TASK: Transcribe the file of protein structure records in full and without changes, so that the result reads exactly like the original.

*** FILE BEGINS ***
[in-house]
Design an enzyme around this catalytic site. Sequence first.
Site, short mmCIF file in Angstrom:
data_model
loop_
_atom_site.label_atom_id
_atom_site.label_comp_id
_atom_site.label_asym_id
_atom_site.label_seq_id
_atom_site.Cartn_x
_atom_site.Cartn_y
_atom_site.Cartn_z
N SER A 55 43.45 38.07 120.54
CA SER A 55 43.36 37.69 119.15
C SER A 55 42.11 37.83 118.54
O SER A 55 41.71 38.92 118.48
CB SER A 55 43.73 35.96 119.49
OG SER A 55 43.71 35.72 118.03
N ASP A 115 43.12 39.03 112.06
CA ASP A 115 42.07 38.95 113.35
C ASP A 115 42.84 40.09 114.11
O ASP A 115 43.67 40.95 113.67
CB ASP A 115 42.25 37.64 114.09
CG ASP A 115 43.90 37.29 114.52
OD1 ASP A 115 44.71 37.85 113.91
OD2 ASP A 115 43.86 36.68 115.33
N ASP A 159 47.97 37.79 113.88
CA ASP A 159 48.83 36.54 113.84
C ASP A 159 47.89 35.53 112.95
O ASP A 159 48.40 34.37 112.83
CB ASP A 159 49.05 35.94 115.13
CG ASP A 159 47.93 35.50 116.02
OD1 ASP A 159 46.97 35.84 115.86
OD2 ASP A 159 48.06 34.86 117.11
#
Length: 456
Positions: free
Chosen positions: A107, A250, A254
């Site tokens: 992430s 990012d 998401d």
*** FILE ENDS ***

[in-house]
Design an enzyme around this catalytic site. Sequence first.
Site, short mmCIF file in Angstrom:
data_model
loop_
_atom_site.label_atom_id
_atom_site.label_comp_id
_atom_site.label_asym_id
_atom_site.label_seq_id
_atom_site.Cartn_x
_atom_site.Cartn_y
_atom_site.Cartn_z
N SER A 55 43.45 38.07 120.54
CA SER A 55 43.36 37.69 119.15
C SER A 55 42.11 37.83 118.54
O SER A 55 41.71 38.92 118.48
CB SER A 55 43.73 35.96 119.49
OG SER A 55 43.71 35.72 118.03
N ASP A 115 43.12 39.03 112.06
CA ASP A 115 42.07 38.95 113.35
C ASP A 115 42.84 40.09 114.11
O ASP A 115 43.67 40.95 113.67
CB ASP A 115 42.25 37.64 114.09
CG ASP A 115 43.90 37.29 114.52
OD1 ASP A 115 44.71 37.85 113.91
OD2 ASP A 115 43.86 36.68 115.33
N ASP A 159 47.97 37.79 113.88
CA ASP A 159 48.83 36.54 113.84
C ASP A 159 47.89 35.53 112.95
O ASP A 159 48.40 34.37 112.83
CB ASP A 159 49.05 35.94 115.13
CG ASP A 159 47.93 35.50 116.02
OD1 ASP A 159 46.97 35.84 115.86
OD2 ASP A 159 48.06 34.86 117.11
#
Length: 456
Positions: free
Chosen positions: A107, A250, A254
């Site tokens: 992430s 990012d 998401d």